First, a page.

Then there is the fact that you also possess something that is usually our domain: knowledge.  You know more about your disease than many of us do – most of us do.  Your MS, rheumatoid arthritis, end-stage kidney disease, Cushing’s disease, bipolar disorder, chronic pain disorder, brittle diabetes, or disabling psychiatric disorder – your defining pain -  is something most of us don’t regularly encounter.  It’s something most of us try to avoid.  So you possess deep understanding of something that many doctors don’t possess.  Even doctors who specialize in your disorder don’t share the kind of knowledge you can only get through living with a disease.  It’s like a parent’s knowledge of their child versus that of a pediatrician.  They may have breadth of knowledge, but you have depth of knowledge that no doctor can possess.

So when you approach a doctor – especially one you’ve never met before – you come with a knowledge of your disease that they don’t have, and a knowledge of the doctor’s limitations that few other patients have.  You see why you scare doctors?  It’s not your fault that you do, but ignoring this fact will limit the help you can only get from them.  I know this because, just like you know your disease better than any doctor, I know what being a doctor feels like more than any patient could ever understand.  You encounter doctors intermittently (more than you wish, perhaps); I live as a doctor continuously.

So let me be so bold as to give you advice on dealing with doctors.  There are some things you can do to make things easier, and others that can sabotage any hope of a good relationship:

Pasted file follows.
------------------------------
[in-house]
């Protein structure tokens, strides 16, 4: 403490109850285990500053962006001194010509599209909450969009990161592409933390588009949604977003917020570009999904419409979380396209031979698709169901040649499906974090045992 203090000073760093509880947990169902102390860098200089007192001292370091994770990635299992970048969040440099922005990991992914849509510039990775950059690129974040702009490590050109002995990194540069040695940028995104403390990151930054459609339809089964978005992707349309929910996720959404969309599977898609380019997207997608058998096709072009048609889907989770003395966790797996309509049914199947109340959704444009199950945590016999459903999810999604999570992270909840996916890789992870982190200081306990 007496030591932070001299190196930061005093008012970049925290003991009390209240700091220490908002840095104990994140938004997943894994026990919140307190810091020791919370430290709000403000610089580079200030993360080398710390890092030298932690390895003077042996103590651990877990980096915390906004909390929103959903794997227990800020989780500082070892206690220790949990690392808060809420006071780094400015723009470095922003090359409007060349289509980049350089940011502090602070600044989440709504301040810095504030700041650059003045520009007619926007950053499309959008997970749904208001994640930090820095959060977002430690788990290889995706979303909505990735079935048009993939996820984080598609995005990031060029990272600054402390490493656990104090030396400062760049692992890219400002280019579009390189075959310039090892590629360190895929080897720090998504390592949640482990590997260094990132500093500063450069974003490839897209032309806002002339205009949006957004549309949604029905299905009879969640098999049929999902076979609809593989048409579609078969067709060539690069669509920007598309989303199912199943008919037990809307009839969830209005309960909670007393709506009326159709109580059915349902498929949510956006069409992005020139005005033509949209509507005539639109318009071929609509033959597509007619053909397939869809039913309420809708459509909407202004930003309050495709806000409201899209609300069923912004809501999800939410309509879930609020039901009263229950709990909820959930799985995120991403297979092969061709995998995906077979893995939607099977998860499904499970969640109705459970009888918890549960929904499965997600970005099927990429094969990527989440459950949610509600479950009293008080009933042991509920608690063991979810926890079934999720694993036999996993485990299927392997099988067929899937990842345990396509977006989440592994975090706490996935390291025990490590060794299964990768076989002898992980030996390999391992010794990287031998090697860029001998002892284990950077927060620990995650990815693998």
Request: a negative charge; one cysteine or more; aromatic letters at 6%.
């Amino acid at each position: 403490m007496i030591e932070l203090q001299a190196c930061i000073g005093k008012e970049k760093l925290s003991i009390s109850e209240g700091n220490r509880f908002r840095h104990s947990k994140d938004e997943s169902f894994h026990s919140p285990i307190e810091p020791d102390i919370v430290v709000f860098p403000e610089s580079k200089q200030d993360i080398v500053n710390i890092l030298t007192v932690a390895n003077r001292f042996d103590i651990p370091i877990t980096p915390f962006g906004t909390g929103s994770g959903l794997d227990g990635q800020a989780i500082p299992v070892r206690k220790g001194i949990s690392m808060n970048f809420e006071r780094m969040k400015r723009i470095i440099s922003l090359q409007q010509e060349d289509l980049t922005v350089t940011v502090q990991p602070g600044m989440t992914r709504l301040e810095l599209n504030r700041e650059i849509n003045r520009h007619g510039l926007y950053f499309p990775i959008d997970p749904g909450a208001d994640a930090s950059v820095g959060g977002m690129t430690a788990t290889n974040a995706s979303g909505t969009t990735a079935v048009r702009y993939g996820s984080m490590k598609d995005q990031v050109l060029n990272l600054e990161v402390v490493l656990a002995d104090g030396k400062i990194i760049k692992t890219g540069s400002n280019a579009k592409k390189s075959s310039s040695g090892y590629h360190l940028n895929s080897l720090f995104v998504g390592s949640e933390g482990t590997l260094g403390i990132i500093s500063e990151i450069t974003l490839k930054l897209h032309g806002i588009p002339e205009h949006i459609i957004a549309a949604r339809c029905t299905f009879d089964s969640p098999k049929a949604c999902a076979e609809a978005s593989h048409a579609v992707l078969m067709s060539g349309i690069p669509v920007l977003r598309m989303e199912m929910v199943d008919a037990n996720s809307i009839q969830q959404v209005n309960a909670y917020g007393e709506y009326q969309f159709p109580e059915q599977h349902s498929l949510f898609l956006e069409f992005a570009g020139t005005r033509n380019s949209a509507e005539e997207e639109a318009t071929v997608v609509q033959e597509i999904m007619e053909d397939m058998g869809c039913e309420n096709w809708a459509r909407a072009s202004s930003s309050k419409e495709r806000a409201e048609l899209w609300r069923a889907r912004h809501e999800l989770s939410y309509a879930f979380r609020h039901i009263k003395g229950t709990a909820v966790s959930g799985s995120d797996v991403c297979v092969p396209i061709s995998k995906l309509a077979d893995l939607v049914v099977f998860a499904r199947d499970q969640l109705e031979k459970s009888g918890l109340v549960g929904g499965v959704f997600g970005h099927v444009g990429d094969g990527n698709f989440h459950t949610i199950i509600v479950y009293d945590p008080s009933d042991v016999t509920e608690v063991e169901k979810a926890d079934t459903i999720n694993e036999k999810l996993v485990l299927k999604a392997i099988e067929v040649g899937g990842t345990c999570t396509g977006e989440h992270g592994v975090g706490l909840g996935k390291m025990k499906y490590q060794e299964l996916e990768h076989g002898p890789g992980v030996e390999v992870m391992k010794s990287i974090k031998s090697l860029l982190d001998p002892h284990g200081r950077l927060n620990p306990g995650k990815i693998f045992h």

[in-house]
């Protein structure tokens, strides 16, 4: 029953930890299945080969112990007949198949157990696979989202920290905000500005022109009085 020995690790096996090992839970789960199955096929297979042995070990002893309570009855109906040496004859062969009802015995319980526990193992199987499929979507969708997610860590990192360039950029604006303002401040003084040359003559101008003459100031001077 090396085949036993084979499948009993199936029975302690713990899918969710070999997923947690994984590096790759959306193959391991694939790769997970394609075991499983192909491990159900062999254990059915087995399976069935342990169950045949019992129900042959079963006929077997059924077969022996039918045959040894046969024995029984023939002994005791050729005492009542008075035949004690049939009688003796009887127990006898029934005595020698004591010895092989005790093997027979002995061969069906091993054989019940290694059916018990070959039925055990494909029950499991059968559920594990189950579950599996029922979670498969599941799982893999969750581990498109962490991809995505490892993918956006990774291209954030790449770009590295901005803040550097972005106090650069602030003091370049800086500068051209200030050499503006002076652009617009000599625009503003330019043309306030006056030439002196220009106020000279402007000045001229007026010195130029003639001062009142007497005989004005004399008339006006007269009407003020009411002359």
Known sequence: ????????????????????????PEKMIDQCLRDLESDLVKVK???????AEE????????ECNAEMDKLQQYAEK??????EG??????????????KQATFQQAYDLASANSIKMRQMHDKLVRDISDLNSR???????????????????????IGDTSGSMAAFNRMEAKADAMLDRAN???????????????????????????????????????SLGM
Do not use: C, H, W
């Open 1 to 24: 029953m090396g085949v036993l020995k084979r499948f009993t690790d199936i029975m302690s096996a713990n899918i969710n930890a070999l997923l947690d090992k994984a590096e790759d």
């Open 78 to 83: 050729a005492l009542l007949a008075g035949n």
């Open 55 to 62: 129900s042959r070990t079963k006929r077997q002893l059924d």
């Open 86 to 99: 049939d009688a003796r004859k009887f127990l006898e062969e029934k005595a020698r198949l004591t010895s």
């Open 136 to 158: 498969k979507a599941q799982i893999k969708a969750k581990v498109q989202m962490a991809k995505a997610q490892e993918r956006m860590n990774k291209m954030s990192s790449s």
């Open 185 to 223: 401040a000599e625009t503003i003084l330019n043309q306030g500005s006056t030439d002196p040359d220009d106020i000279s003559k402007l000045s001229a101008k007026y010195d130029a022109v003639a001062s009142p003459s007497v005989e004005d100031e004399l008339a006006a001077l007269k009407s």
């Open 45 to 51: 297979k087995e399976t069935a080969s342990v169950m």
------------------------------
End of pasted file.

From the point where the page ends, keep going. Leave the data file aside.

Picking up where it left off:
1. Don’t come on too strong – yes, you have to advocate for yourself, but remember that doctors are used to being in control.  All of the other patients come into the room with immediate respect, but your understanding has torn down the doctor-god illusion.  That’s a good thing in the long-run, but few doctors want to be greeted with that reality from the start.  Your goal with any doctor is to build a partnership of trust that goes both ways, and coming on too strong at the start can hurt your chances of ever having that.
  2. Show respect – I say this one carefully, because there are certainly some doctors who don’t treat patients with respect – especially ones like you with chronic disease.  These doctors should be avoided.  But most of us are not like that; we really want to help people and try to treat them well.  But we have worked very hard to earn our position; it was not bestowed by fiat or family tree.  Just as you want to be listened to, so do we.
  3. Keep your eggs in only a few baskets – find a good primary care doctor and a couple of specialists you trust.  Don’t expect a new doctor to figure things out quickly.  It takes me years of repeated visits to really understand many of my chronic disease patients.  The best care happens when a doctor understands the patient and the patient understands the doctor.  This can only happen over time.  Heck, I struggle even seeing the chronically sick patients for other doctors in my practice.  There is something very powerful in having understanding built over time.